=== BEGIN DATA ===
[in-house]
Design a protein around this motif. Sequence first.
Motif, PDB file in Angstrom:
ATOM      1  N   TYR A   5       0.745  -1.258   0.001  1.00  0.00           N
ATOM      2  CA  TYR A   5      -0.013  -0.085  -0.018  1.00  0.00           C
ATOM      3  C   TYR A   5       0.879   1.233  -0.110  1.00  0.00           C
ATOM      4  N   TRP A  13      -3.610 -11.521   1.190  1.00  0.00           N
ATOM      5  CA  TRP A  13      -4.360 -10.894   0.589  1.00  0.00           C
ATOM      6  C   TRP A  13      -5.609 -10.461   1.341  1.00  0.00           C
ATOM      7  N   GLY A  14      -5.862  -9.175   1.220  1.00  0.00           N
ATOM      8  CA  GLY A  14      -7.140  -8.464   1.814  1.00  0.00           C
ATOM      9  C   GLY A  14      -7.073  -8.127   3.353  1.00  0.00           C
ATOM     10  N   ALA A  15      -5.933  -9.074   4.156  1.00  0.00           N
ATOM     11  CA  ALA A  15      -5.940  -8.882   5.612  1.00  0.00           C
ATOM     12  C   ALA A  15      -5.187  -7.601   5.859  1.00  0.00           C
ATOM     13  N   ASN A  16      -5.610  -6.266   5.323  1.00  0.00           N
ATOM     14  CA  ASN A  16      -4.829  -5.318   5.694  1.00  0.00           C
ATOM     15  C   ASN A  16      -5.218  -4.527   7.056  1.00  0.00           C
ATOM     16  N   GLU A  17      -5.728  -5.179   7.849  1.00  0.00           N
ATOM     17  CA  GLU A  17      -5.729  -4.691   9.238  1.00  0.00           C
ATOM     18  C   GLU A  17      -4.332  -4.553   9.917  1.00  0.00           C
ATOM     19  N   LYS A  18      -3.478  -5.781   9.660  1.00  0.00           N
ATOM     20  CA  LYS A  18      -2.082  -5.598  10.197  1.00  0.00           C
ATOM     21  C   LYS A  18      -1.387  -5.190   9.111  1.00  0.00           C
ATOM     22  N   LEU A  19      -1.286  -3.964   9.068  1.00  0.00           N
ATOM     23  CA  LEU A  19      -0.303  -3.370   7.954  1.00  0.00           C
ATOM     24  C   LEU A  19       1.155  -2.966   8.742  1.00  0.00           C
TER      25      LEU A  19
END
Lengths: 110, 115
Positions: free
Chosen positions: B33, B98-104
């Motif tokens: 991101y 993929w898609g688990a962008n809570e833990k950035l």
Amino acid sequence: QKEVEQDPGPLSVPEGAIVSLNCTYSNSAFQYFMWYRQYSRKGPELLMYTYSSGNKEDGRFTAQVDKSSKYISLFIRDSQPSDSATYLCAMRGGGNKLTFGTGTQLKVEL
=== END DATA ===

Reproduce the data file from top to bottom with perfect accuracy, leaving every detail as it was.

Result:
[in-house]
Design a protein around this motif. Sequence first.
Motif, PDB file in Angstrom:
ATOM      1  N   TYR A   5       0.745  -1.258   0.001  1.00  0.00           N
ATOM      2  CA  TYR A   5      -0.013  -0.085  -0.018  1.00  0.00           C
ATOM      3  C   TYR A   5       0.879   1.233  -0.110  1.00  0.00           C
ATOM      4  N   TRP A  13      -3.610 -11.521   1.190  1.00  0.00           N
ATOM      5  CA  TRP A  13      -4.360 -10.894   0.589  1.00  0.00           C
ATOM      6  C   TRP A  13      -5.609 -10.461   1.341  1.00  0.00           C
ATOM      7  N   GLY A  14      -5.862  -9.175   1.220  1.00  0.00           N
ATOM      8  CA  GLY A  14      -7.140  -8.464   1.814  1.00  0.00           C
ATOM      9  C   GLY A  14      -7.073  -8.127   3.353  1.00  0.00           C
ATOM     10  N   ALA A  15      -5.933  -9.074   4.156  1.00  0.00           N
ATOM     11  CA  ALA A  15      -5.940  -8.882   5.612  1.00  0.00           C
ATOM     12  C   ALA A  15      -5.187  -7.601   5.859  1.00  0.00           C
ATOM     13  N   ASN A  16      -5.610  -6.266   5.323  1.00  0.00           N
ATOM     14  CA  ASN A  16      -4.829  -5.318   5.694  1.00  0.00           C
ATOM     15  C   ASN A  16      -5.218  -4.527   7.056  1.00  0.00           C
ATOM     16  N   GLU A  17      -5.728  -5.179   7.849  1.00  0.00           N
ATOM     17  CA  GLU A  17      -5.729  -4.691   9.238  1.00  0.00           C
ATOM     18  C   GLU A  17      -4.332  -4.553   9.917  1.00  0.00           C
ATOM     19  N   LYS A  18      -3.478  -5.781   9.660  1.00  0.00           N
ATOM     20  CA  LYS A  18      -2.082  -5.598  10.197  1.00  0.00           C
ATOM     21  C   LYS A  18      -1.387  -5.190   9.111  1.00  0.00           C
ATOM     22  N   LEU A  19      -1.286  -3.964   9.068  1.00  0.00           N
ATOM     23  CA  LEU A  19      -0.303  -3.370   7.954  1.00  0.00           C
ATOM     24  C   LEU A  19       1.155  -2.966   8.742  1.00  0.00           C
TER      25      LEU A  19
END
Lengths: 110, 115
Positions: free
Chosen positions: B33, B98-104
């Motif tokens: 991101y 993929w898609g688990a962008n809570e833990k950035l």
Amino acid sequence: QKEVEQDPGPLSVPEGAIVSLNCTYSNSAFQYFMWYRQYSRKGPELLMYTYSSGNKEDGRFTAQVDKSSKYISLFIRDSQPSDSATYLCAMRGGGNKLTFGTGTQLKVEL